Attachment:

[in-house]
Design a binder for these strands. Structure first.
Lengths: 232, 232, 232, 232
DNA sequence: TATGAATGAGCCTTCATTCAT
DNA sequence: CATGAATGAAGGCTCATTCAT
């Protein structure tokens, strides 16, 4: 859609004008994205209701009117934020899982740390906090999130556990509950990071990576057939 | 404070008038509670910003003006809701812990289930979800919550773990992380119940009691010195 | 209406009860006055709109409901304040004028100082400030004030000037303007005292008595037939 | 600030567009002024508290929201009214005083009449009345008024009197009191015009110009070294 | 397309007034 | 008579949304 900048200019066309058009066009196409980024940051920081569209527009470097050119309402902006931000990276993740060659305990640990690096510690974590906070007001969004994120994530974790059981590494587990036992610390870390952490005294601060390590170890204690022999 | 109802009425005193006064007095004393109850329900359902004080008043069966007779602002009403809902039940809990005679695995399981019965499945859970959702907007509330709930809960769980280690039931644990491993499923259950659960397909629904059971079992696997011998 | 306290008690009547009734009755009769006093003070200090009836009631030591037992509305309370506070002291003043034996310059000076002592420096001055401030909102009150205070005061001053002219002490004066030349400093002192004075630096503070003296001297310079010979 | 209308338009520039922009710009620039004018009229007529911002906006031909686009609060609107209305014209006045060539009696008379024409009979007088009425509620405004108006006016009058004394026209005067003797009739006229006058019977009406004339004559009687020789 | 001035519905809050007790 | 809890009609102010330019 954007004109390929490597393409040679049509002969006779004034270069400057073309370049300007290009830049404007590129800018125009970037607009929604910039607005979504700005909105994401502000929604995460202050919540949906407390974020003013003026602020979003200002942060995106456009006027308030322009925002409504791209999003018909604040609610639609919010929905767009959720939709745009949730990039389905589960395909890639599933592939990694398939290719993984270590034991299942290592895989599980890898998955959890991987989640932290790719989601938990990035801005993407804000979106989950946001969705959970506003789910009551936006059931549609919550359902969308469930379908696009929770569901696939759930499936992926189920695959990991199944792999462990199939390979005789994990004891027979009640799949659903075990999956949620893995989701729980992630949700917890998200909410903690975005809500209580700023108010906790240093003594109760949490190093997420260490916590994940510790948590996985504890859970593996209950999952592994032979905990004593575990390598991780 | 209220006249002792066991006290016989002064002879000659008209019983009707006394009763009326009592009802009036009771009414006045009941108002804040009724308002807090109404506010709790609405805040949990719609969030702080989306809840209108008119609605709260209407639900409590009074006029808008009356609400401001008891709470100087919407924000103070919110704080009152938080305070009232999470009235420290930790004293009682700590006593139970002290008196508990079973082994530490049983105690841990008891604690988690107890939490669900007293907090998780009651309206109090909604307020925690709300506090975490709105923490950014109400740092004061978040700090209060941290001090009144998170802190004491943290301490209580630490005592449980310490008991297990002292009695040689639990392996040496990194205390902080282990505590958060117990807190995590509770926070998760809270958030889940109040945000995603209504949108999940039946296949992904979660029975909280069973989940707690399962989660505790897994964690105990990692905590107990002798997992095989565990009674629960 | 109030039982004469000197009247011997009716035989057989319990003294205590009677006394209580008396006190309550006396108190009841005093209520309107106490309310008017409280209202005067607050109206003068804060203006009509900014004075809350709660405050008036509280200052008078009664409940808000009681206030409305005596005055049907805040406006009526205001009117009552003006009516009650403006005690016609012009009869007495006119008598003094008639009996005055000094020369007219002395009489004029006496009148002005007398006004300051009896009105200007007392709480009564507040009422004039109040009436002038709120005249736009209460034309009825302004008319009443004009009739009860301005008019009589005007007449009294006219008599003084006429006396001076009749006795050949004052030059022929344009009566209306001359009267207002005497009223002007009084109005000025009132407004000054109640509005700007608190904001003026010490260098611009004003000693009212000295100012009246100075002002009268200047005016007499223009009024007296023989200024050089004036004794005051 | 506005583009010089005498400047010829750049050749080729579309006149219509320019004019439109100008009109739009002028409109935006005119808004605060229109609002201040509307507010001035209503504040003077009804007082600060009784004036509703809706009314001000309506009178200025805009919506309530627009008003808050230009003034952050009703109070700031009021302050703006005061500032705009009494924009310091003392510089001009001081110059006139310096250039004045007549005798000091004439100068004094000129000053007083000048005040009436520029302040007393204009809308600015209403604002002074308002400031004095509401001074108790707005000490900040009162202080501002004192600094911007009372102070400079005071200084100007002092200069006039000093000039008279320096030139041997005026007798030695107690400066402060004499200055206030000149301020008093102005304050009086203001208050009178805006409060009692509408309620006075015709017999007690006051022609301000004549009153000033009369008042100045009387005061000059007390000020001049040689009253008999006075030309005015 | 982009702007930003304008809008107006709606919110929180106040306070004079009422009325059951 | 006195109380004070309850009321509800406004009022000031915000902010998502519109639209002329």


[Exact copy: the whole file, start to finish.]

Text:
[in-house]
Design a binder for these strands. Structure first.
Lengths: 232, 232, 232, 232
DNA sequence: TATGAATGAGCCTTCATTCAT
DNA sequence: CATGAATGAAGGCTCATTCAT
């Protein structure tokens, strides 16, 4: 859609004008994205209701009117934020899982740390906090999130556990509950990071990576057939 | 404070008038509670910003003006809701812990289930979800919550773990992380119940009691010195 | 209406009860006055709109409901304040004028100082400030004030000037303007005292008595037939 | 600030567009002024508290929201009214005083009449009345008024009197009191015009110009070294 | 397309007034 | 008579949304 900048200019066309058009066009196409980024940051920081569209527009470097050119309402902006931000990276993740060659305990640990690096510690974590906070007001969004994120994530974790059981590494587990036992610390870390952490005294601060390590170890204690022999 | 109802009425005193006064007095004393109850329900359902004080008043069966007779602002009403809902039940809990005679695995399981019965499945859970959702907007509330709930809960769980280690039931644990491993499923259950659960397909629904059971079992696997011998 | 306290008690009547009734009755009769006093003070200090009836009631030591037992509305309370506070002291003043034996310059000076002592420096001055401030909102009150205070005061001053002219002490004066030349400093002192004075630096503070003296001297310079010979 | 209308338009520039922009710009620039004018009229007529911002906006031909686009609060609107209305014209006045060539009696008379024409009979007088009425509620405004108006006016009058004394026209005067003797009739006229006058019977009406004339004559009687020789 | 001035519905809050007790 | 809890009609102010330019 954007004109390929490597393409040679049509002969006779004034270069400057073309370049300007290009830049404007590129800018125009970037607009929604910039607005979504700005909105994401502000929604995460202050919540949906407390974020003013003026602020979003200002942060995106456009006027308030322009925002409504791209999003018909604040609610639609919010929905767009959720939709745009949730990039389905589960395909890639599933592939990694398939290719993984270590034991299942290592895989599980890898998955959890991987989640932290790719989601938990990035801005993407804000979106989950946001969705959970506003789910009551936006059931549609919550359902969308469930379908696009929770569901696939759930499936992926189920695959990991199944792999462990199939390979005789994990004891027979009640799949659903075990999956949620893995989701729980992630949700917890998200909410903690975005809500209580700023108010906790240093003594109760949490190093997420260490916590994940510790948590996985504890859970593996209950999952592994032979905990004593575990390598991780 | 209220006249002792066991006290016989002064002879000659008209019983009707006394009763009326009592009802009036009771009414006045009941108002804040009724308002807090109404506010709790609405805040949990719609969030702080989306809840209108008119609605709260209407639900409590009074006029808008009356609400401001008891709470100087919407924000103070919110704080009152938080305070009232999470009235420290930790004293009682700590006593139970002290008196508990079973082994530490049983105690841990008891604690988690107890939490669900007293907090998780009651309206109090909604307020925690709300506090975490709105923490950014109400740092004061978040700090209060941290001090009144998170802190004491943290301490209580630490005592449980310490008991297990002292009695040689639990392996040496990194205390902080282990505590958060117990807190995590509770926070998760809270958030889940109040945000995603209504949108999940039946296949992904979660029975909280069973989940707690399962989660505790897994964690105990990692905590107990002798997992095989565990009674629960 | 109030039982004469000197009247011997009716035989057989319990003294205590009677006394209580008396006190309550006396108190009841005093209520309107106490309310008017409280209202005067607050109206003068804060203006009509900014004075809350709660405050008036509280200052008078009664409940808000009681206030409305005596005055049907805040406006009526205001009117009552003006009516009650403006005690016609012009009869007495006119008598003094008639009996005055000094020369007219002395009489004029006496009148002005007398006004300051009896009105200007007392709480009564507040009422004039109040009436002038709120005249736009209460034309009825302004008319009443004009009739009860301005008019009589005007007449009294006219008599003084006429006396001076009749006795050949004052030059022929344009009566209306001359009267207002005497009223002007009084109005000025009132407004000054109640509005700007608190904001003026010490260098611009004003000693009212000295100012009246100075002002009268200047005016007499223009009024007296023989200024050089004036004794005051 | 506005583009010089005498400047010829750049050749080729579309006149219509320019004019439109100008009109739009002028409109935006005119808004605060229109609002201040509307507010001035209503504040003077009804007082600060009784004036509703809706009314001000309506009178200025805009919506309530627009008003808050230009003034952050009703109070700031009021302050703006005061500032705009009494924009310091003392510089001009001081110059006139310096250039004045007549005798000091004439100068004094000129000053007083000048005040009436520029302040007393204009809308600015209403604002002074308002400031004095509401001074108790707005000490900040009162202080501002004192600094911007009372102070400079005071200084100007002092200069006039000093000039008279320096030139041997005026007798030695107690400066402060004499200055206030000149301020008093102005304050009086203001208050009178805006409060009692509408309620006075015709017999007690006051022609301000004549009153000033009369008042100045009387005061000059007390000020001049040689009253008999006075030309005015 | 982009702007930003304008809008107006709606919110929180106040306070004079009422009325059951 | 006195109380004070309850009321509800406004009022000031915000902010998502519109639209002329």